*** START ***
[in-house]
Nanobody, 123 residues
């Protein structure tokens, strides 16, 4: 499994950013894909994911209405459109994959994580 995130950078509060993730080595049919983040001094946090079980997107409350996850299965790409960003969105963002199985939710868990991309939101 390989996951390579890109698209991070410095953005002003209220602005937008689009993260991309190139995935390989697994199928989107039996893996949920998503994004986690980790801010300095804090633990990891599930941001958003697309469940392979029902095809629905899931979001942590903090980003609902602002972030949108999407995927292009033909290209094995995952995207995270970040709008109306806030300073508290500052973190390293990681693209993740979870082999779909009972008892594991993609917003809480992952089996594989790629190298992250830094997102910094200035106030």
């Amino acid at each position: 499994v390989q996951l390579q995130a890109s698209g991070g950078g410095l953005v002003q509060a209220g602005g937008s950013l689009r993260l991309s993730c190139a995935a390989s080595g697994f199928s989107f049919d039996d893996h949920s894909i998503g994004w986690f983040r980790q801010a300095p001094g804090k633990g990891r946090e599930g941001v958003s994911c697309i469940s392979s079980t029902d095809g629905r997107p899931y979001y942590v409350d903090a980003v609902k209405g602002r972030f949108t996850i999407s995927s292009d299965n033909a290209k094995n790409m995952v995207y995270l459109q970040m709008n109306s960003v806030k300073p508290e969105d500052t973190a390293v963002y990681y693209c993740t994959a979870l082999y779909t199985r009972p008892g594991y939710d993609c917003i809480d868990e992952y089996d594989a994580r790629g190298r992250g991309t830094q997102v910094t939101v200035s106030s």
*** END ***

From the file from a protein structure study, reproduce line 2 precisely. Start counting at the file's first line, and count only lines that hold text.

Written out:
Nanobody, 123 residues